Apple has hired one of Tesla’s top autonomous driving engineers, according to a post on LinkedIn, the latest sign that the Silicon Valley firm best known for its smartphones and computers is getting ready to enter the auto industry.
Separately, the CEO of Daimler AG suggests he would be open to an alliance with both Apple and its high-tech rival Google, which has become a leader in the development of autonomous vehicle technology. The parent company of Mercedes-Benz also has had an ongoing relationship with Tesla.
“Many things are conceivable,” Daimler CEO Dieter Zetsche told the German magazine Deutsche Unternehmerboerse. “Google and Apple want to provide system software for cars and bring this entire ecosystem around Apple and Google into the vehicle. That can be interesting for both sides.”
While the consumer tech firm has so far declined to confirm it wants to enter the auto industry, Apple’s senior vice president of operations tossed more fuel on the fire at a May tech conference. “The car is the ultimate mobile device, isn’t it? We explore all kinds of categories,” said Jeff Williams. “We’ll certainly look at those and evaluate where we can make a huge difference.”
(For more on Apple exec’s hints about the possibility of a car project, Click Here.)
Meanwhile, there have been a number of hints emerging recently as to what Apple is up to.
The latest is news that it hired Tesla’s Jamie Carlson, a specialist in self-driving vehicles, who announced the move to Apple in a post on LinkedIn. A similar posting on LinkedIn recently revealed Apple had hired Doug Betts, former quality control chief at Chrysler.
At least six other engineers with experience in autonomous vehicle technology have confirmed joining Apple through their LinkedIn profiles. They include former Volkswagen engineer Megan McClain, Vinay Palakkode, a graduate researcher at Carnegie Mellon University, and Xianqiao Tong, a computer vision software specialist from Nvidia.
Apple and Tesla have been involved in what some have dubbed a “poaching war,” several dozen former Apple employees joining the battery-carmaker in recent years.
Tesla earlier this month completed a new stock offering that generated about $738 million in cash, money it plans to use in product development efforts. The company has openly acknowledged its own autonomous vehicle program and this month released a beta version of its Pilot software which would allow hands-free highway driving in the Model S sedan. Tesla CEO Elon Musk has said the company is working towards fully autonomous vehicle capabilities over the next few years.
It is widely believed that Apple’s goal is the development of a fully autonomous, battery-powered vehicle, something it has reportedly dubbed Project Titan. Adding fuel to the fire was the revelation that the tech firm has approached GoMentum Station, a 2,100-acre former Naval air base near San Francisco operated by Contra Costa Country.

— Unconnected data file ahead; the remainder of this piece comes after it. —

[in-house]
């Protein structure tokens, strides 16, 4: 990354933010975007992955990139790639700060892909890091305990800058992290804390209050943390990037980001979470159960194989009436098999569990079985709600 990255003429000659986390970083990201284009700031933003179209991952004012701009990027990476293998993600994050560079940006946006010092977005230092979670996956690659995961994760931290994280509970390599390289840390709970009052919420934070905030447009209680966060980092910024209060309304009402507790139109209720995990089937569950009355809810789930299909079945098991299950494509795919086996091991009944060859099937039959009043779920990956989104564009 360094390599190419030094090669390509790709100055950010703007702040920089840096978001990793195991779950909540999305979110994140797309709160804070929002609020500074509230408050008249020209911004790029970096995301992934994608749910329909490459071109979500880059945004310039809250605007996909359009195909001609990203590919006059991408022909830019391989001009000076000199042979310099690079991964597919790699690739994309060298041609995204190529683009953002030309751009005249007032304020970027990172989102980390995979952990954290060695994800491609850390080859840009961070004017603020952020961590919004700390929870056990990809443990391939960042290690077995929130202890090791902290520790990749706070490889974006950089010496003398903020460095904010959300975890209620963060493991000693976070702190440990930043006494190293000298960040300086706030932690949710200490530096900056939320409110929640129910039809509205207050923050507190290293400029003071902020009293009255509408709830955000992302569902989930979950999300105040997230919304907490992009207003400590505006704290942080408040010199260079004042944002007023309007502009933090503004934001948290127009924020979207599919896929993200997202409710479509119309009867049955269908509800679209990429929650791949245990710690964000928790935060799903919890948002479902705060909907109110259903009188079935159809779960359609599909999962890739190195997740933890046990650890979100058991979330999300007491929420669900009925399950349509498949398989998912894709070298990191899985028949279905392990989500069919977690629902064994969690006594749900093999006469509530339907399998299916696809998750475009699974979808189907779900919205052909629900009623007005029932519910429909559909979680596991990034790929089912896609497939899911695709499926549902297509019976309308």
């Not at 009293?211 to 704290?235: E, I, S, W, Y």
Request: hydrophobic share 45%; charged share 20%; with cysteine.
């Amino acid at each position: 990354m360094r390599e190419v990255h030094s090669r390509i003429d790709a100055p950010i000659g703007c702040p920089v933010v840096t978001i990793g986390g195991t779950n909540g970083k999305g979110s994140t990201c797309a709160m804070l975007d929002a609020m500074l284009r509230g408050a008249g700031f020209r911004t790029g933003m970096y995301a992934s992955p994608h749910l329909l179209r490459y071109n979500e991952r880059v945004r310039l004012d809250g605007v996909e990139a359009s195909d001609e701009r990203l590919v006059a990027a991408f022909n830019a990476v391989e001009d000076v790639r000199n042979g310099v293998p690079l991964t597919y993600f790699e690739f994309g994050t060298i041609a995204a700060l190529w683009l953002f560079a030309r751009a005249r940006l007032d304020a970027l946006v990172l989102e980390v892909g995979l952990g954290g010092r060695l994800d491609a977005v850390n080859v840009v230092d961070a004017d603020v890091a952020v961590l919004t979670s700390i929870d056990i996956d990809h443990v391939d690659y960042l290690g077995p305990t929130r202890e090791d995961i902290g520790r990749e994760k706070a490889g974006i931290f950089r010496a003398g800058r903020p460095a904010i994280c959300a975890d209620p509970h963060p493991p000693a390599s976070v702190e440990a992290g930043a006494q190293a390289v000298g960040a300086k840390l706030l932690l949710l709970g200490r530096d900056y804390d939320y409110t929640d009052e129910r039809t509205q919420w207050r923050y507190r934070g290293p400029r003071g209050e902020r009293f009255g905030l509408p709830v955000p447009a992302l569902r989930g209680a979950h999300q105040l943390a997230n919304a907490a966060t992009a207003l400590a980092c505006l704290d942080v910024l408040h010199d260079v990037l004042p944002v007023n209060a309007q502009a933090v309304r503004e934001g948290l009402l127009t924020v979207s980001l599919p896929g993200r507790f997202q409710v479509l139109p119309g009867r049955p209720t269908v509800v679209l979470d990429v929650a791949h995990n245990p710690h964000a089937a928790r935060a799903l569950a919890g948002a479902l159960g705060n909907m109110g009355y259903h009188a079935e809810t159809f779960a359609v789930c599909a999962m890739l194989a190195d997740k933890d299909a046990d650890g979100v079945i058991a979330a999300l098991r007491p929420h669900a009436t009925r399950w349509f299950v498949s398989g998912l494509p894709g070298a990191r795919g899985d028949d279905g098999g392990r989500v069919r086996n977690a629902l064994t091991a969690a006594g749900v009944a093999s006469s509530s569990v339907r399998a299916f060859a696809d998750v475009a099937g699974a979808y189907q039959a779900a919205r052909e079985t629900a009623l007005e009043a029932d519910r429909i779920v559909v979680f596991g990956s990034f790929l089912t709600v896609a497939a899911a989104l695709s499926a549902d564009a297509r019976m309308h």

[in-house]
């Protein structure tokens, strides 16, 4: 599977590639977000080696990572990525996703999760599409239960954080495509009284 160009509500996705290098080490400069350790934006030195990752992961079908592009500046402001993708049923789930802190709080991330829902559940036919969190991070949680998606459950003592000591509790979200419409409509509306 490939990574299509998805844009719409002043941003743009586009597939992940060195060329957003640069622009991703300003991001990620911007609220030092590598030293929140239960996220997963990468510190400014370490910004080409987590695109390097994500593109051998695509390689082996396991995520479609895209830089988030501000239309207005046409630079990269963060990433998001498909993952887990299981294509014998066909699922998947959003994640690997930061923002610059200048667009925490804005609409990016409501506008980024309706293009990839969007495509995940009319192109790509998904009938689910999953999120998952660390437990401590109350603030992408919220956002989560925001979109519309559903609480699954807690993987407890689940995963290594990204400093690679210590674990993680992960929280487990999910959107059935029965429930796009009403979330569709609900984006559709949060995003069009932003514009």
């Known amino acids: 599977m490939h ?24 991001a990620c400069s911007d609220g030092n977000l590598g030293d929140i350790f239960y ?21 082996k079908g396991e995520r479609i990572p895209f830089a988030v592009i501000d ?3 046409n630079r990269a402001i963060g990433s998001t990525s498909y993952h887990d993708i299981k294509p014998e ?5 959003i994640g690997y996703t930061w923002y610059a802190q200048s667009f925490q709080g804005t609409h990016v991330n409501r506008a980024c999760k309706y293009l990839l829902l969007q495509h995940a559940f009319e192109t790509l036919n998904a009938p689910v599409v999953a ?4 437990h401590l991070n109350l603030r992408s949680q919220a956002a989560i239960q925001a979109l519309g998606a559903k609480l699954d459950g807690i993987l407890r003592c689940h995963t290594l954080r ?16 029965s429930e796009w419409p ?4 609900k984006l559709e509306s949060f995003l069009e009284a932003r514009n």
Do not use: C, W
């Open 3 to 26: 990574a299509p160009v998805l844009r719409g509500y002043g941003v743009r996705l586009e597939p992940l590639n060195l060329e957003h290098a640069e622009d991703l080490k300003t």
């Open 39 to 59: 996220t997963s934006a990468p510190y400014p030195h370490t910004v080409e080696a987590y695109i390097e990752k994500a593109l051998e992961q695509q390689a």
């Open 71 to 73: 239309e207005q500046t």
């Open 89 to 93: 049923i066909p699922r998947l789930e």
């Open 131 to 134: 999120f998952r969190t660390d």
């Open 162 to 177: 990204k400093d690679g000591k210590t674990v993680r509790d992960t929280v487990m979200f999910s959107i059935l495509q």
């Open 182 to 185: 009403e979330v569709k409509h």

In correspondence obtained by the newspaper The Guardian, Apple engineer Frank Fearon wrote that the company wanted “to get an understanding of timing and availability for the space, and how we would need to coordinate around other parties who would be using it.”
(For more on Apple’s search for an apparent vehicle test site, Click Here.)
That would suggest that Apple already is working on some sort of running prototype it could use in testing its autonomous technology. But it is far from clear if the firm would want to take the next big step, which would take it into automotive manufacturing.
Observers note that with more than $200 billion in cash, Apple has the deep pockets to support an automotive venture. Even the most modern and expansive assembly plant, for example, would likely run less than $2 billion to erect, though vehicle development could add several billion more. But whether that would pencil in as a potentially profitable venture is uncertain. And as Google has been hearing from its shareholders, Apple might find resistance to that sort of expenditure.
Google is in the process of rolling out around 100 bubble-shaped prototypes it will use to test its technology around its Silicon Valley headquarters. But the firm has said it does not intend to take on the job of manufacturing cars, instead suggesting it wants to find a partner to work with.
It has met with several conventional automakers in recent months, but no deals have apparently been reached.
Apple, meanwhile, has reportedly staged several of its own meetings. Officials at BMW have dropped hints they may consider a partnership with Apple. And now, Daimler AG may see an opportunity to work with the tech firm.
(Could BMW partner with Apple to build an autonomous car? For more, Click Here.)
But in his interview with the German magazine, CEO Zetsche said his comments were “purely theoretical.” And, he stressed, Daimler would not want to simply build cars for another company. “We don’t want to become contractors who have no direct content with customers any more and supply hardware to third parties,” Zetsche said.